Number of fires doubles average for region

With a prolonged, active forest fire season in this region, Ontario may well exceed the 10-year annual average for numbers of forest fires in the province.
The region itself has more than doubled the annual average number of fires, which stands at 716. More than 1,600 fires have been reported to date in Northwestern Ontario.
As of yesterday evening, 16 new fires were reported in the region, bringing the total of active blazes to 321 covering 46,702 hectares. A total of 56,320 ha has been consumed to date.
The fire hazard remains “high to extreme” in all seven districts of the West Fire Region.
In addition to declared emergencies and resultant evacuations from First Nations communities in the Far North, several other First Nations communities further south also have declared emergencies.
These include Aroland, northwest of Nakina, Ginoogaming (Longlac #58), south of Longlac, and Pays Plat, west of Terrace Bay, where 34 residents were moved to Thunder Bay.
The number of evacuees from the other two communities is being determined.
Moderate and gusty winds out of the southwest may further impact First Nation evacuees, as well as residents of the receiving centre communities of Greenstone and Longlac, where more than 900 evacuees currently are seeking shelter and relief from the smoke in their home communities.
As a result of increasing fire activity and dangers in the area of the declared Emergency Area Order in the Ministry of Natural Resources’ Thunder Bay and Nipigon districts, restrictions on travel have been imposed.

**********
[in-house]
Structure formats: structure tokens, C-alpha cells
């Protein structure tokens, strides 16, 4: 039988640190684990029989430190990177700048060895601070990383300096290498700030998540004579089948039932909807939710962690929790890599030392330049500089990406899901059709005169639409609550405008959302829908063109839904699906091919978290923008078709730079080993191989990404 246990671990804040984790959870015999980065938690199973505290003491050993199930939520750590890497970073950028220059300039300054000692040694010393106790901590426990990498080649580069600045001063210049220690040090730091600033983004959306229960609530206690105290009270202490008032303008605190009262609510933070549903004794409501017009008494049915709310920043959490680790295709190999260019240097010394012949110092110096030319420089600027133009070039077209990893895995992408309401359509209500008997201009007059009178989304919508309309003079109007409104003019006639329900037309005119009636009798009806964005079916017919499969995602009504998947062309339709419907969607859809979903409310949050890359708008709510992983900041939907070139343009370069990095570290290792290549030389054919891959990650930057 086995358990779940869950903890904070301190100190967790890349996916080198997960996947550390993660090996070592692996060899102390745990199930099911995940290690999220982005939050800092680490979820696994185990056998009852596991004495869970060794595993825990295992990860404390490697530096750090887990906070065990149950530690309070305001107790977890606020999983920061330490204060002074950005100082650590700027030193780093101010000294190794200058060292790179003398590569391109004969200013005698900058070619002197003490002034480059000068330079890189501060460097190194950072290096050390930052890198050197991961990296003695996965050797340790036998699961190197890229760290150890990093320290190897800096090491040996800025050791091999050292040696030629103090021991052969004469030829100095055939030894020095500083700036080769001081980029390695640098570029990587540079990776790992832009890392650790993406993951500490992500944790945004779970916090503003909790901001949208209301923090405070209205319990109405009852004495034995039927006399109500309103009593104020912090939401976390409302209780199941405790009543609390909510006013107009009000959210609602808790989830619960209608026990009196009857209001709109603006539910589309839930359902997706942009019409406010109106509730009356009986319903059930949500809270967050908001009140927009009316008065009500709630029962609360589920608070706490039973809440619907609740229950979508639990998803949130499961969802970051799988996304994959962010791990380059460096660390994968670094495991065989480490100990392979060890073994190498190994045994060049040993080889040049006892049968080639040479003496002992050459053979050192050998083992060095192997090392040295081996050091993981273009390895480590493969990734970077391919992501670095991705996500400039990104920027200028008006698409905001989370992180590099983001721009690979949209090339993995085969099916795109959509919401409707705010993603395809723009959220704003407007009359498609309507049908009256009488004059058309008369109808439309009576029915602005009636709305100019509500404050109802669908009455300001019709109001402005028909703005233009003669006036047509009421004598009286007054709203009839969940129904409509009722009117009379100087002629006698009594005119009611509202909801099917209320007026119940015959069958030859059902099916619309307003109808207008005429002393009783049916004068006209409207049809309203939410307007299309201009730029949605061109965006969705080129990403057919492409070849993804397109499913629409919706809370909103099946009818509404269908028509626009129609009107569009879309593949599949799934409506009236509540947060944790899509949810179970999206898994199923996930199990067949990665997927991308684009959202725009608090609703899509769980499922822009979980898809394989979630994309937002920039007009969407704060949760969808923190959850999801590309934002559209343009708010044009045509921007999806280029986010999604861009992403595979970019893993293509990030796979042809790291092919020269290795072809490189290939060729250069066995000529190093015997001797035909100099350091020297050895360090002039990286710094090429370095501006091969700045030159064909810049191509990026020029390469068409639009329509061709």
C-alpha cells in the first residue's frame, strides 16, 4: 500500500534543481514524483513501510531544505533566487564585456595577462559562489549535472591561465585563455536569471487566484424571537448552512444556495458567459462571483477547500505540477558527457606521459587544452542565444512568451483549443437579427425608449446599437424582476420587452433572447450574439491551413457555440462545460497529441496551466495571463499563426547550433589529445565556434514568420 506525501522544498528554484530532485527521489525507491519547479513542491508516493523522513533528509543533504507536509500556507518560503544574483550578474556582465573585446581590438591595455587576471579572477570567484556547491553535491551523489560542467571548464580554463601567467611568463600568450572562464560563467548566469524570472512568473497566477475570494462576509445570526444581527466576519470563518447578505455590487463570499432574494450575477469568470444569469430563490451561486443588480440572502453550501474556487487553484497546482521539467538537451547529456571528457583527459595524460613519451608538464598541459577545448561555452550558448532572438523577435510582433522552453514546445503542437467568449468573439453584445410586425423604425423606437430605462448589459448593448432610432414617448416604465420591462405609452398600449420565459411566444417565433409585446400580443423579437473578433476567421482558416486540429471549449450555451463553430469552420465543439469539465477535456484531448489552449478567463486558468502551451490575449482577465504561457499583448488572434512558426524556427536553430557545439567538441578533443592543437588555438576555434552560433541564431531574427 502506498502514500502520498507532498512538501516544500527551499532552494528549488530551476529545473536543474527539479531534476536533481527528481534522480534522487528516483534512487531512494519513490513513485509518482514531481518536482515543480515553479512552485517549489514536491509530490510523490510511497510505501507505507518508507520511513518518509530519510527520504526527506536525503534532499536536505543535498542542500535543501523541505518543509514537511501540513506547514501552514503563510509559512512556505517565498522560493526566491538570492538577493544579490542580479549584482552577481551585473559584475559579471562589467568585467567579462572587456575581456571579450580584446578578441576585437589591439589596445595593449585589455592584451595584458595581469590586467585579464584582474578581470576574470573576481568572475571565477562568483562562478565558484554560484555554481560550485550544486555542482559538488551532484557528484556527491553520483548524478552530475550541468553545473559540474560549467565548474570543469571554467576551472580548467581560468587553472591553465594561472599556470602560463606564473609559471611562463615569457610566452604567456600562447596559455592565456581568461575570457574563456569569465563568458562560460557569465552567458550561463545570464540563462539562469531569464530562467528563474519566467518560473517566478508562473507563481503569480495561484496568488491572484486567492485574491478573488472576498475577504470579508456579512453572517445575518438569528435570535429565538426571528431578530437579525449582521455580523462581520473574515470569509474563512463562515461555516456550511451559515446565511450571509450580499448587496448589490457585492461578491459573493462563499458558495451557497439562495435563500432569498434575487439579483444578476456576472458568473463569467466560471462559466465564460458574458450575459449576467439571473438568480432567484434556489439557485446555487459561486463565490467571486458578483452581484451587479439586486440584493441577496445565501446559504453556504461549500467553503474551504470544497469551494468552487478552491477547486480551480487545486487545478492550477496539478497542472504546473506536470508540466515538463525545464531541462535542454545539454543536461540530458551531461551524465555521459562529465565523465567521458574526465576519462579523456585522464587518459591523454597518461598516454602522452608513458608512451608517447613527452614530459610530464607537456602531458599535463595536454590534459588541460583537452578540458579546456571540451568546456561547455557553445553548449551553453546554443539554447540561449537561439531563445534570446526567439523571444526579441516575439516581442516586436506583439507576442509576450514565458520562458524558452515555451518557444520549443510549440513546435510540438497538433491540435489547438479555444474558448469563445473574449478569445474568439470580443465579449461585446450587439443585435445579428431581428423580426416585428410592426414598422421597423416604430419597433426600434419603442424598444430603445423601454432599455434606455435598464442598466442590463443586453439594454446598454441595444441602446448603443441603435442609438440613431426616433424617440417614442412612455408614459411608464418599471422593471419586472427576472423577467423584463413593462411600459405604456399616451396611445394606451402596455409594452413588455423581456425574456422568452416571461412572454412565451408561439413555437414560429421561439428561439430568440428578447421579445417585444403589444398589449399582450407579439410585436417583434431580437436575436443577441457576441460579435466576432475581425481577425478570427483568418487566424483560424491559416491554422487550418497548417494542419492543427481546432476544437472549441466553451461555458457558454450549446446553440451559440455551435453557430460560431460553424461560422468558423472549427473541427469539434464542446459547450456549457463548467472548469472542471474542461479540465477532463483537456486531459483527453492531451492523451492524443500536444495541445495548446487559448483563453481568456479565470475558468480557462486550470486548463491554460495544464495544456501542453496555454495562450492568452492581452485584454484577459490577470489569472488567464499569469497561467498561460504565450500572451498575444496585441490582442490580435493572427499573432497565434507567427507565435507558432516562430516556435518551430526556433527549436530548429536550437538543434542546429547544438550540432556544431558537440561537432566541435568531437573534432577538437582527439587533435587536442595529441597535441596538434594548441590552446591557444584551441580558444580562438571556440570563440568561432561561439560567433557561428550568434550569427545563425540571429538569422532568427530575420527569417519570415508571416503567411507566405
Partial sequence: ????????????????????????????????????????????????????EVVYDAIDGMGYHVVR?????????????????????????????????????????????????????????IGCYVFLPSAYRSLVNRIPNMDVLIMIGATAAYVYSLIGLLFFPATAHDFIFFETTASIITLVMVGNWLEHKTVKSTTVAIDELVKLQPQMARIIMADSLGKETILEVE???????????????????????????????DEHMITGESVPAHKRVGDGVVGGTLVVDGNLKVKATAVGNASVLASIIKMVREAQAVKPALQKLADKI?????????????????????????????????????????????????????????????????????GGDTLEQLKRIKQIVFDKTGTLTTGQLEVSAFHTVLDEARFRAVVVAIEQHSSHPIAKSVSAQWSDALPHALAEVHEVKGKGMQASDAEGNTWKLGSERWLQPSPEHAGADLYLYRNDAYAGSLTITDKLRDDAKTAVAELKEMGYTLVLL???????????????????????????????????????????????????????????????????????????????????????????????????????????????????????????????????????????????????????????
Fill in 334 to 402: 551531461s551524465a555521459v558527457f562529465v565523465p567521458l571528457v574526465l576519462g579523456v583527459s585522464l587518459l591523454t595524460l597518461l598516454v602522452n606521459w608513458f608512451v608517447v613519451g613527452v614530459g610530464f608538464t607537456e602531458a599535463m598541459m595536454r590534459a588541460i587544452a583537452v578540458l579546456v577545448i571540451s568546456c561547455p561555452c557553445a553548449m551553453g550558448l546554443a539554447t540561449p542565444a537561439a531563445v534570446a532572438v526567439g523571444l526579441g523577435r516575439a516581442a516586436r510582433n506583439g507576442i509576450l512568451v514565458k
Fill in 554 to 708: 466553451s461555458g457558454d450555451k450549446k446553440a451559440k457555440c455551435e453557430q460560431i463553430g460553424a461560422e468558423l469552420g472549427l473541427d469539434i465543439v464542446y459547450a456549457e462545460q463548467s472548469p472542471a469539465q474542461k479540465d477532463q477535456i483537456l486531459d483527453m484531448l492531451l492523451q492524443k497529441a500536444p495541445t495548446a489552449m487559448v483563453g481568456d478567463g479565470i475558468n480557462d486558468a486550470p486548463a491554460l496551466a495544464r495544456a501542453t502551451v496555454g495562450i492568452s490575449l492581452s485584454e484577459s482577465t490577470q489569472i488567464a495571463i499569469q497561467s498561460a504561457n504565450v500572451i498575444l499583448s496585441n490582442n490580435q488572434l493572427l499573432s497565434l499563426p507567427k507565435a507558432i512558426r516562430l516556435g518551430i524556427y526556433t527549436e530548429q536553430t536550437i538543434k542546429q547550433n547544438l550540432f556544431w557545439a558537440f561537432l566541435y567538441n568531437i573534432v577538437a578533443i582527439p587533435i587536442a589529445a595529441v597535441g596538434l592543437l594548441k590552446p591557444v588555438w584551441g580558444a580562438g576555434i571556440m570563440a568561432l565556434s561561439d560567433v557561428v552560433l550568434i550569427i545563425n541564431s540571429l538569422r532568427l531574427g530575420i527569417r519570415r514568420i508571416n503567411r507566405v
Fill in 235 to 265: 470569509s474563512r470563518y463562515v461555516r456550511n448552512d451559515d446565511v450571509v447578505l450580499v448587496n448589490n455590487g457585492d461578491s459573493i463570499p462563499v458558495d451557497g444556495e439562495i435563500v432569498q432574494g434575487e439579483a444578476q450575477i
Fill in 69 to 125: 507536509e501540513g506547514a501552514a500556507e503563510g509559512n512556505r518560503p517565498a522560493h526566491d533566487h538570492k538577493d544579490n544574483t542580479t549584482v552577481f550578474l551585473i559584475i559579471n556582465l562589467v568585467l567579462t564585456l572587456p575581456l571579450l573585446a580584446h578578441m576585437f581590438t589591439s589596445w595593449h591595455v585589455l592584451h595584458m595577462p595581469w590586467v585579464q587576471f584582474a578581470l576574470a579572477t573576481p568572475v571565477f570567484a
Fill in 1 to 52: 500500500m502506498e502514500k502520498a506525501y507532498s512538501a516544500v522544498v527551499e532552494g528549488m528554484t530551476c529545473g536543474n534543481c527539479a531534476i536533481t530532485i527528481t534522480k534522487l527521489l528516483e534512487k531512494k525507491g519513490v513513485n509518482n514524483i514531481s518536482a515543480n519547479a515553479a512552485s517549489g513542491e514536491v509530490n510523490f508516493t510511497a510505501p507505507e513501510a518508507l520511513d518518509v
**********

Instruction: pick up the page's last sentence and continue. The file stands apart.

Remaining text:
In Nipigon district, access is restricted on the Goldfield, Eldee, Catlonite, Deadhorse, and Frazer Roads. Any travel requires prior authorization from the MNR district manager at Nipigon.
In Thunder Bay district, all travel on or beyond Highway 811 and the Kitchen Road, running off Highway 527 (the Armstrong highway), is now restricted.
Similarly, only persons receiving prior authorization from the MNR district manager at Thunder Bay may access these routes.
With ongoing forest fire activity in British Columbia drawing on firefighting resources, and with other provincial fire agencies winding down for the season, out-of-province resources are becoming increasingly hard to find.
Yesterday, Ontario was assisted with additional resources from Parks Canada and Saskatchewan.
A nine-person fire management team and two three-person crews joined the fray from Parks Canada, along with five four-person initial attack crews from Saskatchewan.
Although there has been some relief brought on by rainfall for the far north First Nations communities, there is little relief in sight for forest areas across the southern half of the region.
Average to above average temperatures, a mix of sun and cloud, and moderate winds will continue to dry out forest fuels and allow existing fires to grow in size.
In related news, with hunting season opening soon for moose in the northern areas of the region, there will be an influx of hunters heading to remote private camps and lodges.
Hunters are urged to check with the nearest local MNR office in their designated wildlife management unit, on restrictions regarding the use of woodstoves in their camps.
Approved spark arrestors are required on stovepipes and chimneys.